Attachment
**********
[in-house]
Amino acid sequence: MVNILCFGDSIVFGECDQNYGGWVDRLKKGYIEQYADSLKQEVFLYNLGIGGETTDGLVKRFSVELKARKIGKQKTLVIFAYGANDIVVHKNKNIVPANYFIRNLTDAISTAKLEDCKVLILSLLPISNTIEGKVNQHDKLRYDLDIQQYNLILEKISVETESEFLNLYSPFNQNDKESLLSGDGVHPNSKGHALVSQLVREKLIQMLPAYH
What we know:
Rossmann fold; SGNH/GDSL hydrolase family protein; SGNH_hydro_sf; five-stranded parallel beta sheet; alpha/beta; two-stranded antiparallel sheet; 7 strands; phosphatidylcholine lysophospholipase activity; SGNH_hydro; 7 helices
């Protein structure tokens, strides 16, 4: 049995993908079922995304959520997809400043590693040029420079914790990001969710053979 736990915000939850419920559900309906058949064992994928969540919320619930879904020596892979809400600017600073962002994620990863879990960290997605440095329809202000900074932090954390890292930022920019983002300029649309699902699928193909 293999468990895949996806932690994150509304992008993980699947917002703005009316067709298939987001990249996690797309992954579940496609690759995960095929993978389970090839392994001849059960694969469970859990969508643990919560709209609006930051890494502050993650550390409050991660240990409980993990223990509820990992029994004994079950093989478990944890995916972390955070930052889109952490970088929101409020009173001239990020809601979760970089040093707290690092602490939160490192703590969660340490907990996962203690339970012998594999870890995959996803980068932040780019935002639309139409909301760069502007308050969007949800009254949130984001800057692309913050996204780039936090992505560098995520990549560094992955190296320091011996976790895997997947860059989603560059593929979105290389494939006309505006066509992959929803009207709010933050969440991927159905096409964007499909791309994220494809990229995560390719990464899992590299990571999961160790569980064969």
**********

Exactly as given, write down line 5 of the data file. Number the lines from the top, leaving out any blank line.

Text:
């Protein structure tokens, strides 16, 4: 049995993908079922995304959520997809400043590693040029420079914790990001969710053979 736990915000939850419920559900309906058949064992994928969540919320619930879904020596892979809400600017600073962002994620990863879990960290997605440095329809202000900074932090954390890292930022920019983002300029649309699902699928193909 293999468990895949996806932690994150509304992008993980699947917002703005009316067709298939987001990249996690797309992954579940496609690759995960095929993978389970090839392994001849059960694969469970859990969508643990919560709209609006930051890494502050993650550390409050991660240990409980993990223990509820990992029994004994079950093989478990944890995916972390955070930052889109952490970088929101409020009173001239990020809601979760970089040093707290690092602490939160490192703590969660340490907990996962203690339970012998594999870890995959996803980068932040780019935002639309139409909301760069502007308050969007949800009254949130984001800057692309913050996204780039936090992505560098995520990549560094992955190296320091011996976790895997997947860059989603560059593929979105290389494939006309505006066509992959929803009207709010933050969440991927159905096409964007499909791309994220494809990229995560390719990464899992590299990571999961160790569980064969």